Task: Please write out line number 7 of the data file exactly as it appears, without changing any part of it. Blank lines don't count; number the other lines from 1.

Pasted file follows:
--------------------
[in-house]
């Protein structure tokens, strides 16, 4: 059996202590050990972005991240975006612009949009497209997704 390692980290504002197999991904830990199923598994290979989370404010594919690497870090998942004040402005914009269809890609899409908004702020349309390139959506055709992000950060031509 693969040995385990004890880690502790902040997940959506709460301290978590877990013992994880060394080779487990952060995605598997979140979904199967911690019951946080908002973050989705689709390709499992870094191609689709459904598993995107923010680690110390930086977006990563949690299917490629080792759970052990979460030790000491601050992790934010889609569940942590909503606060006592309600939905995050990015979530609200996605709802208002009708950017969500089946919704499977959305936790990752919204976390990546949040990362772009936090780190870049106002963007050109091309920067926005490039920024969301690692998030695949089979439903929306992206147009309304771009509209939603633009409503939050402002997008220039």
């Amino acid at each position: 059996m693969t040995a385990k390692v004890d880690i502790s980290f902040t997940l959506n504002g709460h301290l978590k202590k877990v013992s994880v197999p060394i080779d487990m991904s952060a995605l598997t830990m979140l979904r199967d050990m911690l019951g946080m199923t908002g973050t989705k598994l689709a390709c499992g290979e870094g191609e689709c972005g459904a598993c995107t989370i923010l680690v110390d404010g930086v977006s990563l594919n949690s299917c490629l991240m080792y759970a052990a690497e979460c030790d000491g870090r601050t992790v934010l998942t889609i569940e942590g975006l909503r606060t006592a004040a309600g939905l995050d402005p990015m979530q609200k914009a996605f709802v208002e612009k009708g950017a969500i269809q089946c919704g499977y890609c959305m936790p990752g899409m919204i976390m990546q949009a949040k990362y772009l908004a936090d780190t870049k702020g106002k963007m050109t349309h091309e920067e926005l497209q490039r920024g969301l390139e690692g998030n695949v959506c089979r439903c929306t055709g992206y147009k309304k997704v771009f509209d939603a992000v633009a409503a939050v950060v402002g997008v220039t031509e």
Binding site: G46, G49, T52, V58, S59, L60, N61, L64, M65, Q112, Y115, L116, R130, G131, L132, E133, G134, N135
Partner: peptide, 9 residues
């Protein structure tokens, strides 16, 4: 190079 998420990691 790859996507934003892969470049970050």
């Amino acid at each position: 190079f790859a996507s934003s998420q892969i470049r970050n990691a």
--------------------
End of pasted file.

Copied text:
């Amino acid at each position: 190079f790859a996507s934003s998420q892969i470049r970050n990691a």